We are in what I call the dregs of the monsoon. The time of year that makes me ache for a way to extend time. Prolong it, pickle it and stash it away in a bottle for a rainy day. And I mean that entirely metaphorically because a “rainy” day that needs a monsoon fix would actually have to be a day completely devoid of rain. Like the kind we are heading into. I know this because I’m seeing the telltale signs of the waning monsoon that make me yearn to, like I said, find a way to preserve this goodness for good.
The downturn begins to show in the slightest, most subtle ways. An extra ten minutes of daylight before the sun goes down. The sun fearlessly shines through the cloud cover that struggles to hold it’s ground. People are ‘forgetting’ to carry their umbrellas. Some are even trading them in for sun glasses. The crispness of clean air gone, humidity makes a comeback, weighing down on everything. The light turns from a dull grey to tinged with blue, sometimes yellow. Long strokes painting the views in hues of post monsoon glow.
I find myself unwilling to let it go. Longing for the sounding if water tumbling outside. The lull of a day heavy and dripping with a week’s worth of rain. The sea a marbled vat of shades of brown and red, churning on furiously. The newness of baby leaves giving way to the confidence of growth. The pristine, clean air hazy once again with specks of dust and grime.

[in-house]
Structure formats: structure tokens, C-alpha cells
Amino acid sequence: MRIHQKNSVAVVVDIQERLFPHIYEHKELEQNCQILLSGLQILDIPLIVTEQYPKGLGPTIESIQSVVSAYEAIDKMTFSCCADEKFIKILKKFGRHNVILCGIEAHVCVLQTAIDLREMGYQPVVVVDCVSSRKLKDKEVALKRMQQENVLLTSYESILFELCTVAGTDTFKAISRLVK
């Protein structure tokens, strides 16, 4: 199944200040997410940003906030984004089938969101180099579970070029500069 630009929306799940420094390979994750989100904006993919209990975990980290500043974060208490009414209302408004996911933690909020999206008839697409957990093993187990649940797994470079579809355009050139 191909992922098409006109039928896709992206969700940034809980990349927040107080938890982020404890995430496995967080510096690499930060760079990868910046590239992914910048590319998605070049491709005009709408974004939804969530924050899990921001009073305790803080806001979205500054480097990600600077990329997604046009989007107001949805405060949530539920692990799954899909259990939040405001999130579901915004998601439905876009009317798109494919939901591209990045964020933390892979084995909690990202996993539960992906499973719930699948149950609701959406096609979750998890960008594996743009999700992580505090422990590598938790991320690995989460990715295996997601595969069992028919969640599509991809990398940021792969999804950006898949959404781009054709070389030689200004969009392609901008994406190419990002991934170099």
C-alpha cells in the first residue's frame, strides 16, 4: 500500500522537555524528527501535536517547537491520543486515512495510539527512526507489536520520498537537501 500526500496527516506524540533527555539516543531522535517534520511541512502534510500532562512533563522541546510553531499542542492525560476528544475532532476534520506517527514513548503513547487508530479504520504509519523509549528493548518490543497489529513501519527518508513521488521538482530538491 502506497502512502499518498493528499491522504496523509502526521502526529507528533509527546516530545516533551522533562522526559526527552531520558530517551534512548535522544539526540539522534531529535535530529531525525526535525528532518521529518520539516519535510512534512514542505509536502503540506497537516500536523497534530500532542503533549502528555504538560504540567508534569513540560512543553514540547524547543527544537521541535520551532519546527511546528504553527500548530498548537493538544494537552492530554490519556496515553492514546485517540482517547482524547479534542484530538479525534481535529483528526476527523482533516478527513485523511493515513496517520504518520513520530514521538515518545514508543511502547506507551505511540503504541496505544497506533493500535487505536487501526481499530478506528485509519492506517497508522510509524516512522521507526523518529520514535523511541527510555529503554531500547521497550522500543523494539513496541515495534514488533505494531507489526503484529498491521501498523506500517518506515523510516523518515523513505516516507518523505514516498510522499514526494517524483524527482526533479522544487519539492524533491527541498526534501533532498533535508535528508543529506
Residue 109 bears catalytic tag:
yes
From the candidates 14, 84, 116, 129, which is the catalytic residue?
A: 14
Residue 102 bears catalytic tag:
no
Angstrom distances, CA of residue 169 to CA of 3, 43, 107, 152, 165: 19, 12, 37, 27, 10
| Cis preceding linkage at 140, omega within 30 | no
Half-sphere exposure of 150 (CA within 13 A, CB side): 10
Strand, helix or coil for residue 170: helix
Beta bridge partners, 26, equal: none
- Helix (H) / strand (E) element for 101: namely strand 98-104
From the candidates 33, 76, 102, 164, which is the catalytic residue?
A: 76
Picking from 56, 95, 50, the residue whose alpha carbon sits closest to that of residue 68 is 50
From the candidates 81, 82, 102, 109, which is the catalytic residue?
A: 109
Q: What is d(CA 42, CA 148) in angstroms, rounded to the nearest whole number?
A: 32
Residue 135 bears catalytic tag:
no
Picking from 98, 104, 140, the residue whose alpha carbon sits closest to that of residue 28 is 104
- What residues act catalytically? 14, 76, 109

I realise the monsoon is more than just the sum total of the years precipitation. It’s a bit of a production. With us grabbing it as a legitimate excuse for the extended hours of sleep, deep fried snacks, weekends staying in, kickstarting that lost reading habit, taking longer afternoon naps dead to the world, pulling out the stops in creatively reimagining your laundry situation — it is about so much more than just the rain.
It’s that time of year again — the monsoon is ending, the rain is leaving. And I’m trying to hang on to it while it’s still throwing some scraps this way. I want to make the most of going riding in the rain, wearing my rubber slippers all the time and everywhere, eating a warm snack at 4 pm with my chai, using my oven to grill meat and veggies again. It’s like a much needed time of restoration and regeneration. As much as the monsoon forces you to slow down, stay cooped up and recuperate, it is a time for the energy to gather itself, bubbling beneath the surface. Come September-October, the sunshine life will kick in again.
We’re already getting our share of brisk days, with a steady feathery drizzle, cotton candy clouds and eye0popping greens all around that beg you to get out just a little and begin to get used to it again.
Who can resist a the-monsoon-is-ending kind of day like this?